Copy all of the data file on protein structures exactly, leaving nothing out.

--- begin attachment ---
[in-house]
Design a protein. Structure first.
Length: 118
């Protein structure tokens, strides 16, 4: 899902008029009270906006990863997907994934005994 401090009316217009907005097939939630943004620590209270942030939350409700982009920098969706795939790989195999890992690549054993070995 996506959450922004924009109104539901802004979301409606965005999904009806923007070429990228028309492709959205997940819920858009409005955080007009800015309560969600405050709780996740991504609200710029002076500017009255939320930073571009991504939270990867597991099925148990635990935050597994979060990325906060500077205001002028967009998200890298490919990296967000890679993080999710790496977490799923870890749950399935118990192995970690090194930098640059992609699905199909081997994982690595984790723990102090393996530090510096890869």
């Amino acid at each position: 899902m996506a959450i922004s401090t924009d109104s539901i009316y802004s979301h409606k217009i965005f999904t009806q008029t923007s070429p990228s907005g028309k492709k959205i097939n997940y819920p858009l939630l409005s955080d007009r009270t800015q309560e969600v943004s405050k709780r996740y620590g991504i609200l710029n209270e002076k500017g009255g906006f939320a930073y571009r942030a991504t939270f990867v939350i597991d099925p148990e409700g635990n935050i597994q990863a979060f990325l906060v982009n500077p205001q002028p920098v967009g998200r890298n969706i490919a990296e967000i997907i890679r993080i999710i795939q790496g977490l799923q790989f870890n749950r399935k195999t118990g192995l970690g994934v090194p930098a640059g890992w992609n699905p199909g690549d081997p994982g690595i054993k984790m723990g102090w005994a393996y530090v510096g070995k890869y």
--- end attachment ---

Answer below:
[in-house]
Design a protein. Structure first.
Length: 118
């Protein structure tokens, strides 16, 4: 899902008029009270906006990863997907994934005994 401090009316217009907005097939939630943004620590209270942030939350409700982009920098969706795939790989195999890992690549054993070995 996506959450922004924009109104539901802004979301409606965005999904009806923007070429990228028309492709959205997940819920858009409005955080007009800015309560969600405050709780996740991504609200710029002076500017009255939320930073571009991504939270990867597991099925148990635990935050597994979060990325906060500077205001002028967009998200890298490919990296967000890679993080999710790496977490799923870890749950399935118990192995970690090194930098640059992609699905199909081997994982690595984790723990102090393996530090510096890869």
């Amino acid at each position: 899902m996506a959450i922004s401090t924009d109104s539901i009316y802004s979301h409606k217009i965005f999904t009806q008029t923007s070429p990228s907005g028309k492709k959205i097939n997940y819920p858009l939630l409005s955080d007009r009270t800015q309560e969600v943004s405050k709780r996740y620590g991504i609200l710029n209270e002076k500017g009255g906006f939320a930073y571009r942030a991504t939270f990867v939350i597991d099925p148990e409700g635990n935050i597994q990863a979060f990325l906060v982009n500077p205001q002028p920098v967009g998200r890298n969706i490919a990296e967000i997907i890679r993080i999710i795939q790496g977490l799923q790989f870890n749950r399935k195999t118990g192995l970690g994934v090194p930098a640059g890992w992609n699905p199909g690549d081997p994982g690595i054993k984790m723990g102090w005994a393996y530090v510096g070995k890869y």